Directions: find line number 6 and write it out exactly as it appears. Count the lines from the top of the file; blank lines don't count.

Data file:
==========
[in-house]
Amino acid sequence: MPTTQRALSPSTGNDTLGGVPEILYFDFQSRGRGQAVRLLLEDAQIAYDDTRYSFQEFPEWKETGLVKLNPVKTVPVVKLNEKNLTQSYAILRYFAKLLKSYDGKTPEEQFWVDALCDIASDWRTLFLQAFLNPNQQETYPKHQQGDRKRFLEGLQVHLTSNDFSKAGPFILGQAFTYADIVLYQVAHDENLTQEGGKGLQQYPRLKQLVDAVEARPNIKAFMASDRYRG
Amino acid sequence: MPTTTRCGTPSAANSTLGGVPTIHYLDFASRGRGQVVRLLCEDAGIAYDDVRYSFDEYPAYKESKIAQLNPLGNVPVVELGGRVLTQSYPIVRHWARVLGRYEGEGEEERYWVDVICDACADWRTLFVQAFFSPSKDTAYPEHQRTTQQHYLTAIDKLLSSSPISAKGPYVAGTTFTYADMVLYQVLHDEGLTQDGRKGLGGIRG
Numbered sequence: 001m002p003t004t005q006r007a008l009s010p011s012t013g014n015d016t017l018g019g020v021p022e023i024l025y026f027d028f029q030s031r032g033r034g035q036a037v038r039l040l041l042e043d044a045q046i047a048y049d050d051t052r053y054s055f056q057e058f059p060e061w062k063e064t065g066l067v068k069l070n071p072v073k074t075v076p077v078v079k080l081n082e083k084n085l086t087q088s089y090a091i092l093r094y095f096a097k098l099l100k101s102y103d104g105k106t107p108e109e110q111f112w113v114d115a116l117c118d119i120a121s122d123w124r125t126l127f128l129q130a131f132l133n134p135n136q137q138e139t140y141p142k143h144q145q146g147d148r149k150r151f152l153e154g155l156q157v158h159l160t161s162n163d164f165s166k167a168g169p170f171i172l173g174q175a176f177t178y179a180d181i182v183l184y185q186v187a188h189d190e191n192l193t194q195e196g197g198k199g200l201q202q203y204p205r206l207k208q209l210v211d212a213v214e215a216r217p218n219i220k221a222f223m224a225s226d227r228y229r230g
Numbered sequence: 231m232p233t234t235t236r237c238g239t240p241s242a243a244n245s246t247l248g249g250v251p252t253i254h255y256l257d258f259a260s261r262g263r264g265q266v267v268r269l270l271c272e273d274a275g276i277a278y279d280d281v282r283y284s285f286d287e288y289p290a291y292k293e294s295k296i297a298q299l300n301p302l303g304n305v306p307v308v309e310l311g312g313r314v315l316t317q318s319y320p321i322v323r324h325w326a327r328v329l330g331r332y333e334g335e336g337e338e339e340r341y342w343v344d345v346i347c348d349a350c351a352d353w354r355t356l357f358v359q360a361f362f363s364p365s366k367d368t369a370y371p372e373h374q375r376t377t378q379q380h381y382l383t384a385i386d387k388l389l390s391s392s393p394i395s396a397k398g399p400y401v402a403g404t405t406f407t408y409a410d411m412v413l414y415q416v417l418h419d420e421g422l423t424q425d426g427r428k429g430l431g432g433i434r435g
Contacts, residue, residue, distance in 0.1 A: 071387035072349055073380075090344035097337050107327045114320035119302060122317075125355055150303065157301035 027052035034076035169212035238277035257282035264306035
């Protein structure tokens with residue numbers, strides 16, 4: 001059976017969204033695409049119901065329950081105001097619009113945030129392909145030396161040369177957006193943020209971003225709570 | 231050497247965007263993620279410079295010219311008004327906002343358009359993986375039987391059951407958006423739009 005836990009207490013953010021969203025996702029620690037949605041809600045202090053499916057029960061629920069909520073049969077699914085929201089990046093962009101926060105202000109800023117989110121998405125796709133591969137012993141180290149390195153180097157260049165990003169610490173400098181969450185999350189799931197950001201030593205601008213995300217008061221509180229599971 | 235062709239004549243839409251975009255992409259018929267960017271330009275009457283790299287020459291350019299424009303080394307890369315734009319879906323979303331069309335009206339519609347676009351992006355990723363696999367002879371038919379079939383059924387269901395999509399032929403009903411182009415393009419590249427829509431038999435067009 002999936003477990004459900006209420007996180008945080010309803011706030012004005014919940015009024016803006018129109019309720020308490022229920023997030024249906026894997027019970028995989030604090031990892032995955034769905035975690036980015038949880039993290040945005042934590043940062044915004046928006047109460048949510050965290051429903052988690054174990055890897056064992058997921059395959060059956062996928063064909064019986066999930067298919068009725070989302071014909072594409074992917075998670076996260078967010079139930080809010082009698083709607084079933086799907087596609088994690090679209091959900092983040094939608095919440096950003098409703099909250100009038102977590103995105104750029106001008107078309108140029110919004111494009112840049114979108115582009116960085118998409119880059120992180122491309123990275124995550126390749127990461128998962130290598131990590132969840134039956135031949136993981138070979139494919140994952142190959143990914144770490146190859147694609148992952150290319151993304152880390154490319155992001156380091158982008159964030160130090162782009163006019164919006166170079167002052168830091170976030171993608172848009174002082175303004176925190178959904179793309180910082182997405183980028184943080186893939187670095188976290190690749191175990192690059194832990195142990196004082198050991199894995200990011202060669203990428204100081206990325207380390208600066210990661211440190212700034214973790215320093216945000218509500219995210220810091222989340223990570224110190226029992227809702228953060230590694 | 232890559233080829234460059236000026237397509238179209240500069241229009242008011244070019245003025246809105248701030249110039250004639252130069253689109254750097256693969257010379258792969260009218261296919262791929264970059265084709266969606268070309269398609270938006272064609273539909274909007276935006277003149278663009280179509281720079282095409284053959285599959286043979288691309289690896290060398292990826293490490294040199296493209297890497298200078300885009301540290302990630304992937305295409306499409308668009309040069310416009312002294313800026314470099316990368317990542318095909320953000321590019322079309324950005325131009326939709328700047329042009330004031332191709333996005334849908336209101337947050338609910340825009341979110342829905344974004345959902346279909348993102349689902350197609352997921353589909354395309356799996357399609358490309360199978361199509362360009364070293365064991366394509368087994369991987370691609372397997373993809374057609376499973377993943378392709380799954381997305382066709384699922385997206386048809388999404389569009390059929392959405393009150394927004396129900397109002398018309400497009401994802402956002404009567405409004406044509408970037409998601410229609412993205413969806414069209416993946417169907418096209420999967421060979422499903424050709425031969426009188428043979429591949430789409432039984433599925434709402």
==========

Contacts, residue, residue, distance in 0.1 A: 071387035072349055073380075090344035097337050107327045114320035119302060122317075125355055150303065157301035 027052035034076035169212035238277035257282035264306035